October 15, 2013


Students check out college

SUNY Cortland opens doors to hundreds of potential students

SUNYBob Ellis/staff photographer
Lynn Couturier, left, chairman of SUNY Cortland’s Physical Education Department, talks to a Long Island family about the educational opportunities available at the school during a tour Monday afternoon through the PER Center and Holsten Pool.

Staff Reporter

Hundreds of prospective students flocked to SUNY Cortland on Monday, scouring the campus and flooding tour guides with questions in an effort to whittle down their choices of possible college destinations.
With its well-regarded teacher and physical education programs, it’s no wonder that the school is at the top of the lists of many soon-to-be college students.
For some, the decision to attend Cortland was all but made, while for others, there were other things to consider.
For Gwen Ober, a 17-year-old senior at Ithaca High School, the campus tour was nothing new.
“I’ve probably visited three or four others,” said Ober, who said she is considering studying something to do with communications. “I had a contact who knew I would be looking at colleges and he suggested I come here.”
Ober said academics are certainly important to her in her college search, but she’s also looking for dynamic social offerings.
“I definitely think it’s a combination,” she said. “What I’m hoping to get out of college is an expansion of my horizons in all aspects of my life.”
“I want her to be productive and happy,” added Ober’s mother, Pat. “But that could be anywhere.”
While Ober is still weighing her options, another high school senior had entirely decided on becoming a Red Dragon.
“This is my first and only visit,” said McKenna Passalacqua, an 18-year-old from Whitesboro. “I’ve known I’m coming here the past year basically.”
A gymnast since the age of 3, Passalacqua said she settled on Cortland because of its gymnastics team, and admitted that she chose the school more because of its athletic offerings than its academic ones.
“I’m more of an athletic person, I guess,” said Passalacqua, who plans to study applied physical education and has already met with Cortland’s head women’s gymnastics coach, Gary Babjack.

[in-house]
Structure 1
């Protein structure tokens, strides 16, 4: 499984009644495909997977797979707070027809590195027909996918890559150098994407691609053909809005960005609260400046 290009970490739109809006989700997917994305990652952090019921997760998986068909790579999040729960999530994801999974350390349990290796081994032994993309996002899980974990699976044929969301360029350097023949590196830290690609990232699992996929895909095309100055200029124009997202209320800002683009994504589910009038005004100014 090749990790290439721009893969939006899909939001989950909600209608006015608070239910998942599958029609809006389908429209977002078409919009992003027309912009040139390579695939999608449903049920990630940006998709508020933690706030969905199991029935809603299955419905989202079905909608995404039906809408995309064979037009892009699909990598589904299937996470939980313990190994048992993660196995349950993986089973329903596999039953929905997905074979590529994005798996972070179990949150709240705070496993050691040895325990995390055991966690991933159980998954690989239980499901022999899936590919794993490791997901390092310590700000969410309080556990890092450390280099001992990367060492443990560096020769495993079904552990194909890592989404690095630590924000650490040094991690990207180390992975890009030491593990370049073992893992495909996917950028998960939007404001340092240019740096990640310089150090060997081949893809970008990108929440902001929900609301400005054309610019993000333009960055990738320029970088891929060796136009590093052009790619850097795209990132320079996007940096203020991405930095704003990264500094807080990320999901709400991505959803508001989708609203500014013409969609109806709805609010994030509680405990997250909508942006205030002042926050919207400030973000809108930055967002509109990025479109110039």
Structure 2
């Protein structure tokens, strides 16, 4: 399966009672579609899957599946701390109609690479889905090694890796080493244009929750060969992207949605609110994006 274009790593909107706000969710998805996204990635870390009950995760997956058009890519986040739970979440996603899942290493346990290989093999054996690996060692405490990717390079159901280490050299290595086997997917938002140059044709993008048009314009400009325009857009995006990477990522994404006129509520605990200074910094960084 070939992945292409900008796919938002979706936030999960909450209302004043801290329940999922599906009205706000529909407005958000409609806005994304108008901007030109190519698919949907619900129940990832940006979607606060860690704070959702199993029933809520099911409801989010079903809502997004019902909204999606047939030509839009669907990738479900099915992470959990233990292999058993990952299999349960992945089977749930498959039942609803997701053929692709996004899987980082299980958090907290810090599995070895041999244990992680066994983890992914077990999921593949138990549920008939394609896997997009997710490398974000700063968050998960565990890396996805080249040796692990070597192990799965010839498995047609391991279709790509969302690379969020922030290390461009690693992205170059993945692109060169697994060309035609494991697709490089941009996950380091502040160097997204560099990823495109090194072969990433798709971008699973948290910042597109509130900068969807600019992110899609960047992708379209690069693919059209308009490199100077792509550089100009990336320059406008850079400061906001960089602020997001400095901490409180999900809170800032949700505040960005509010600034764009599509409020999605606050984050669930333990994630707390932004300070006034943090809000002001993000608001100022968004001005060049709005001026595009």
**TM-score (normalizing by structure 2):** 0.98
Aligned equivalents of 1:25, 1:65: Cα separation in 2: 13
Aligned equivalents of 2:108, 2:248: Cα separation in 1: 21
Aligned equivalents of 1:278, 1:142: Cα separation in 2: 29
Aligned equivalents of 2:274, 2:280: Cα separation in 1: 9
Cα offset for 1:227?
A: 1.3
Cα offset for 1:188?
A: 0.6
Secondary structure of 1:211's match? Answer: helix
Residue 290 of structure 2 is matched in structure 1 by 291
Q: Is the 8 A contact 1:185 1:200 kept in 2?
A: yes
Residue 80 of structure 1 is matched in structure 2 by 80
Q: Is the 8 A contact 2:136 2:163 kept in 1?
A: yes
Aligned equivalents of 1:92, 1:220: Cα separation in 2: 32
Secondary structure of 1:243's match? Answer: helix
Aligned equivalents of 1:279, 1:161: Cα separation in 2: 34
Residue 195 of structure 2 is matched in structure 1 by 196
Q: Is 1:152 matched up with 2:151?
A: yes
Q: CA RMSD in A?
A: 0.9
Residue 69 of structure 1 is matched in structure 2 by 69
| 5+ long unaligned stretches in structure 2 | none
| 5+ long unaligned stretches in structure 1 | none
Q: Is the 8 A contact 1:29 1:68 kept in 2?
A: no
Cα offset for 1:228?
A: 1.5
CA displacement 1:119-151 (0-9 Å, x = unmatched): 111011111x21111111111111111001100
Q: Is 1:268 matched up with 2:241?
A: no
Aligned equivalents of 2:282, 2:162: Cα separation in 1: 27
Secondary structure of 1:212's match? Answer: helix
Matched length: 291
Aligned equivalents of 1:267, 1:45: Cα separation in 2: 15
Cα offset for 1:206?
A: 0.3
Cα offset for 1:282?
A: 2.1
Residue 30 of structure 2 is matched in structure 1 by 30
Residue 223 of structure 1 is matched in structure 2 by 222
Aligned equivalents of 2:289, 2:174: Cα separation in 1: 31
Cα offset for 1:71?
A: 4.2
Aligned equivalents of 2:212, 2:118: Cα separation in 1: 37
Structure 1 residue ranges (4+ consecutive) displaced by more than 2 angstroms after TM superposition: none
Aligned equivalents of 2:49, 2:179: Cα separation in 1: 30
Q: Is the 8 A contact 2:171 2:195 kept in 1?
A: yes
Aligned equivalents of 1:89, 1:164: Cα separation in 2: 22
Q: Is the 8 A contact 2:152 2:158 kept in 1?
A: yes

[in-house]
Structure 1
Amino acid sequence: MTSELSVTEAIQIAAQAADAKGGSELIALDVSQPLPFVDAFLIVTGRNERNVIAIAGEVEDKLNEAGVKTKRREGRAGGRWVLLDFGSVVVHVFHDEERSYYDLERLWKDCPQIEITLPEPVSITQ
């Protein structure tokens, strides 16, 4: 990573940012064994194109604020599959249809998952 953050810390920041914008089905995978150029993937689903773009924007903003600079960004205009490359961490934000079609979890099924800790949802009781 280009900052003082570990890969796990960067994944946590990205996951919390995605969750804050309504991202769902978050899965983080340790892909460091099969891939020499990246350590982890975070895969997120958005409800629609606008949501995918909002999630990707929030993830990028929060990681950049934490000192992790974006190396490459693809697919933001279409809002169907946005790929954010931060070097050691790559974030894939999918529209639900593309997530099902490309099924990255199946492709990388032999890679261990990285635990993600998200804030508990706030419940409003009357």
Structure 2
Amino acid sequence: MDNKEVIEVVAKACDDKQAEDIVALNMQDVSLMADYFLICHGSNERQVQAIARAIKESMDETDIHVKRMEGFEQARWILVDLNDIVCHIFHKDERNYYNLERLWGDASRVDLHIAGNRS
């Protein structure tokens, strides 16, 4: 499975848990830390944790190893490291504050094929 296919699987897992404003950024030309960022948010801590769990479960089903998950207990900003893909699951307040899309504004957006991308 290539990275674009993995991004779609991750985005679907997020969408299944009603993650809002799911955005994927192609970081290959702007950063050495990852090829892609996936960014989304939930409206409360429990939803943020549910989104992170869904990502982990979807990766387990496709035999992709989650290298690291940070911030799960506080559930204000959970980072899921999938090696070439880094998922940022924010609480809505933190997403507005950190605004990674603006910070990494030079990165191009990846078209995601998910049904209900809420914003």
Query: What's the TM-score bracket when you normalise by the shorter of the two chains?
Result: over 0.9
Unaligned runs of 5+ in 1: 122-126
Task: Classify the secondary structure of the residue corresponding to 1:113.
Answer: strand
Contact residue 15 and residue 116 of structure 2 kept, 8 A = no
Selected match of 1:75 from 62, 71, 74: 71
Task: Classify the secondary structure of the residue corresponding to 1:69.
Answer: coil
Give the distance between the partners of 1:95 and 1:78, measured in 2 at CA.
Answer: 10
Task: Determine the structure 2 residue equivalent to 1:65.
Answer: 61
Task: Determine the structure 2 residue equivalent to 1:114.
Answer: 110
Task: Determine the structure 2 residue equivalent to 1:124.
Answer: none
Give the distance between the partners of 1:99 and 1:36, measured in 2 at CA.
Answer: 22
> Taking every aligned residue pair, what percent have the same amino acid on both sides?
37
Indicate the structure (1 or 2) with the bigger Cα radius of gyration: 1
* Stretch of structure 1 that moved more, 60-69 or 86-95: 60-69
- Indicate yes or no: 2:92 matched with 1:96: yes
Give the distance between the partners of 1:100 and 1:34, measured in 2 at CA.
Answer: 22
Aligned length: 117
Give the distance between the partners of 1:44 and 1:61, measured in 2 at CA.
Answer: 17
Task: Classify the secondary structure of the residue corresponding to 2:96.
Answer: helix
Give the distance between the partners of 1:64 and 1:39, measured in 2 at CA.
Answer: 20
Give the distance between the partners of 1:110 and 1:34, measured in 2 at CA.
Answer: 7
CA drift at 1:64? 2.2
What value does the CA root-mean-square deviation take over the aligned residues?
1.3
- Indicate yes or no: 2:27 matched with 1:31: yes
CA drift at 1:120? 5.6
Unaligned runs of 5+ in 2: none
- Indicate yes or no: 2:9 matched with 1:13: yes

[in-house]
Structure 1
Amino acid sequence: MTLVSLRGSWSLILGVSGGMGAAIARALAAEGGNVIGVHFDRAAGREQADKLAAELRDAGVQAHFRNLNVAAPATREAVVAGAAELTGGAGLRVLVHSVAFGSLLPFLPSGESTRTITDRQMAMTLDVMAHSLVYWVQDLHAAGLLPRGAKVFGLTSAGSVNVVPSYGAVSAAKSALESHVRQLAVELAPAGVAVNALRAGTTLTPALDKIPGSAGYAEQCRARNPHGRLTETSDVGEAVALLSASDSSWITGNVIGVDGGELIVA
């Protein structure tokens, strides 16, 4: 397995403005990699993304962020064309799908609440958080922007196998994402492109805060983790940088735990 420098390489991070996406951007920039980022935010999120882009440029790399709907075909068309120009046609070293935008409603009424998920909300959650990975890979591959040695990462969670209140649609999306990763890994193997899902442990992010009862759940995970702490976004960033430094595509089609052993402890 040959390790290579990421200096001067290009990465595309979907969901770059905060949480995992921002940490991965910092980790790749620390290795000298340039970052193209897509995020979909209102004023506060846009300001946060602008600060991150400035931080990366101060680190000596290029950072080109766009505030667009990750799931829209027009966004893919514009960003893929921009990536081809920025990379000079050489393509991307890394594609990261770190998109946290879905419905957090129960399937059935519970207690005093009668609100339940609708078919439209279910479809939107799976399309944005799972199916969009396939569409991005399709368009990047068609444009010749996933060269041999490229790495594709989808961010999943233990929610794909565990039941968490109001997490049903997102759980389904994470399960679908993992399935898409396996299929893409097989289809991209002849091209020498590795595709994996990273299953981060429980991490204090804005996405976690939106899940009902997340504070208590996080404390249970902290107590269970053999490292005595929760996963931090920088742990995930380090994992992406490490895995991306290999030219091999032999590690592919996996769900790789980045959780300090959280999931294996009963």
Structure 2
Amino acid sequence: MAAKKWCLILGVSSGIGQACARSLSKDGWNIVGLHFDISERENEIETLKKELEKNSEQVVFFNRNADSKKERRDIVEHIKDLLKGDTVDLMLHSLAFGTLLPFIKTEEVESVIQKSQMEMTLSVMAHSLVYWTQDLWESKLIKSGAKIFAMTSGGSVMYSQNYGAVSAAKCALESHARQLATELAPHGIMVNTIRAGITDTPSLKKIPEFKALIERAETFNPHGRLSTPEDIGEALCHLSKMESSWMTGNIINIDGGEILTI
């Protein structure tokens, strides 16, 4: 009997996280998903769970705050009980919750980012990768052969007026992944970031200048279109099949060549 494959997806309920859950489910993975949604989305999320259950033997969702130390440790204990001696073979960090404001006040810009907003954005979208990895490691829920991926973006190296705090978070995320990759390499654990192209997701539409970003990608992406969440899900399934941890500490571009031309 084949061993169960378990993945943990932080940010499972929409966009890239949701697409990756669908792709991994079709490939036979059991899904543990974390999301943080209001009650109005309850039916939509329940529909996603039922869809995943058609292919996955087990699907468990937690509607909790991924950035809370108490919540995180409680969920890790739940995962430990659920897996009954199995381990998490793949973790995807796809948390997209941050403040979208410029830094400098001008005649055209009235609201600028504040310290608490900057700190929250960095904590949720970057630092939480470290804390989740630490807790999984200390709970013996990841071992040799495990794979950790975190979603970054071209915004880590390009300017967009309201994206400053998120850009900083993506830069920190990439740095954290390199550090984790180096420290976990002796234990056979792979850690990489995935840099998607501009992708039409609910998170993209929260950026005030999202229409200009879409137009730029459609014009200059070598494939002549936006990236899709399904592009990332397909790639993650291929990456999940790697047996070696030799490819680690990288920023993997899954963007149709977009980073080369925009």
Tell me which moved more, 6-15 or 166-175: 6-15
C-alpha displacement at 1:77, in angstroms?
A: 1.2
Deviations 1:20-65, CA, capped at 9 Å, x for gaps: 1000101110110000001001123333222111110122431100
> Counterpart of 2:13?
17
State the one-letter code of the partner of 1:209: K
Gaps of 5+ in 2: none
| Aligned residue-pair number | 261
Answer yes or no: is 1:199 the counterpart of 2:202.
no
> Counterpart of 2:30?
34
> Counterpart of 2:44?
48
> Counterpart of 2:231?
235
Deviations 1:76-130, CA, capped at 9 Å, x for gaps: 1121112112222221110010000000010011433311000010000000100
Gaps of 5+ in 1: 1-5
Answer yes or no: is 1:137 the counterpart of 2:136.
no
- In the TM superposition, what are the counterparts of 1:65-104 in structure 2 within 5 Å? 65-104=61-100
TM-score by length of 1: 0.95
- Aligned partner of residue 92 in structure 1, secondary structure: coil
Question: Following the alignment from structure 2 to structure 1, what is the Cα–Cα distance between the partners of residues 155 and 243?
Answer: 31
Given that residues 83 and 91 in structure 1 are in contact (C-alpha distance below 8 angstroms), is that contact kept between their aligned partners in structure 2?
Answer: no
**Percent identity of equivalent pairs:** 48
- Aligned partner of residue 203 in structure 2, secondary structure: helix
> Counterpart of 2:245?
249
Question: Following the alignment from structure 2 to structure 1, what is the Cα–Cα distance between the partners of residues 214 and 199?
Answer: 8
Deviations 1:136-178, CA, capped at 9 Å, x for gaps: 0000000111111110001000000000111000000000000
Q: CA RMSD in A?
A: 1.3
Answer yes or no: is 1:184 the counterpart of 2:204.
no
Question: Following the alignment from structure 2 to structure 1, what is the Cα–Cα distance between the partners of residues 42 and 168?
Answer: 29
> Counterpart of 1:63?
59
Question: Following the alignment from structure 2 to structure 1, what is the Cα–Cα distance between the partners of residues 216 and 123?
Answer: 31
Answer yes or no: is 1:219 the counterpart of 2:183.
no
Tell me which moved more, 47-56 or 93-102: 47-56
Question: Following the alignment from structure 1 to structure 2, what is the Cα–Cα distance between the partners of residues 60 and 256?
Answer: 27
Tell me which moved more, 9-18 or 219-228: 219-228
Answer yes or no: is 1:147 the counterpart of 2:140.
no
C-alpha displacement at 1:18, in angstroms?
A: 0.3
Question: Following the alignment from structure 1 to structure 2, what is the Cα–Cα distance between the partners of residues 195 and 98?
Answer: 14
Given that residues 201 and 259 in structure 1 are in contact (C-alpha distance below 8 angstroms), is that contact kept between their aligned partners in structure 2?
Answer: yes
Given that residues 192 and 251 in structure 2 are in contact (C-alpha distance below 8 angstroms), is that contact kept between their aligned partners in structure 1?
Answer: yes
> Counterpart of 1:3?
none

“SUNY has a good reputation,” said Passalacqua’s mother, Lisa. “It’s reasonably priced, and I do like that it’s close by.”
Cortland’s student tour guides, who show visitors the campus and answer any questions they might have, said that the types of things that students and parents look for often differ along predictable lines.
“Is it easy to meet people? Are there enough things to do at the school? Will I get bored?” Ally Riemer, a junior speech and hearing sciences major, said of the types of questions that she most often hears from students.
“What happens is the parents have more of the academic concerns. They’re the ones who ask the questions while we walk through the academic buildings.”
Riemer said that while she was conducting her own college search, one of the chief factors in her decision was the athletic feel of the school.
“I think a lot of people who come here are interested in playing sports,” Riemer said. “That, or being near them.”
Parents are not the only ones placing primary importance on the school’s academic offerings, however. Amanda Dean, a senior at Victor High School near Rochester, said Cortland’s elementary education program is what caught her attention.
“I’ve wanted to be a teacher for about two years,” Dean said. “I’ve definitely been leaning toward the ones (colleges) that are good in education.”
It doesn’t hurt that Cortland is relatively close to home, either. Dean said that, although she’s had some trepidation, she couldn’t pass on the authentic college experience.
“I’ve debated for a long time about whether I wanted to live at home or at school,” Dean said. “But I want the feel of campus life.”
The school must be doing something right. For the 2012-13 school year alone, it received over 11,600 freshman applications, and turned down more than 5,200 of them.


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